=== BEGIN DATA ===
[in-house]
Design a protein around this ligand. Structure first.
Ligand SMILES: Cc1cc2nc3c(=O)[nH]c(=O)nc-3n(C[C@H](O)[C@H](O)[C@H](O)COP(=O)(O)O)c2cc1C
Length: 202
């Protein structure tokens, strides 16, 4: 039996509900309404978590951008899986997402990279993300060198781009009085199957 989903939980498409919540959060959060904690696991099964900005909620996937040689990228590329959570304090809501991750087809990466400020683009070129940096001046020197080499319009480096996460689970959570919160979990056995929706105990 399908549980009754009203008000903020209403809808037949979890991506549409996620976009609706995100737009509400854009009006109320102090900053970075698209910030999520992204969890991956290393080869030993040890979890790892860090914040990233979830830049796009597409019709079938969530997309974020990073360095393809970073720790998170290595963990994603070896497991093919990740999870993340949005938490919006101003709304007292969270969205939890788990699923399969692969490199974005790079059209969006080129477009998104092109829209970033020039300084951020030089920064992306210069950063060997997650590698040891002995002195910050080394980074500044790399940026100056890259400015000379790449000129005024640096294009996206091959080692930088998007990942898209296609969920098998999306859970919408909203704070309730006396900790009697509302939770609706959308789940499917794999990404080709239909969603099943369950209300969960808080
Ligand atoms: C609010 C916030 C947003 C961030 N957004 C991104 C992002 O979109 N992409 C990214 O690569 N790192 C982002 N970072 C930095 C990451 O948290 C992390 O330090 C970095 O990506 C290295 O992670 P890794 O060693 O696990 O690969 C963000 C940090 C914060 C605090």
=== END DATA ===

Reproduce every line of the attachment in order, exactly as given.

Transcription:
[in-house]
Design a protein around this ligand. Structure first.
Ligand SMILES: Cc1cc2nc3c(=O)[nH]c(=O)nc-3n(C[C@H](O)[C@H](O)[C@H](O)COP(=O)(O)O)c2cc1C
Length: 202
């Protein structure tokens, strides 16, 4: 039996509900309404978590951008899986997402990279993300060198781009009085199957 989903939980498409919540959060959060904690696991099964900005909620996937040689990228590329959570304090809501991750087809990466400020683009070129940096001046020197080499319009480096996460689970959570919160979990056995929706105990 399908549980009754009203008000903020209403809808037949979890991506549409996620976009609706995100737009509400854009009006109320102090900053970075698209910030999520992204969890991956290393080869030993040890979890790892860090914040990233979830830049796009597409019709079938969530997309974020990073360095393809970073720790998170290595963990994603070896497991093919990740999870993340949005938490919006101003709304007292969270969205939890788990699923399969692969490199974005790079059209969006080129477009998104092109829209970033020039300084951020030089920064992306210069950063060997997650590698040891002995002195910050080394980074500044790399940026100056890259400015000379790449000129005024640096294009996206091959080692930088998007990942898209296609969920098998999306859970919408909203704070309730006396900790009697509302939770609706959308789940499917794999990404080709239909969603099943369950209300969960808080
Ligand atoms: C609010 C916030 C947003 C961030 N957004 C991104 C992002 O979109 N992409 C990214 O690569 N790192 C982002 N970072 C930095 C990451 O948290 C992390 O330090 C970095 O990506 C290295 O992670 P890794 O060693 O696990 O690969 C963000 C940090 C914060 C605090």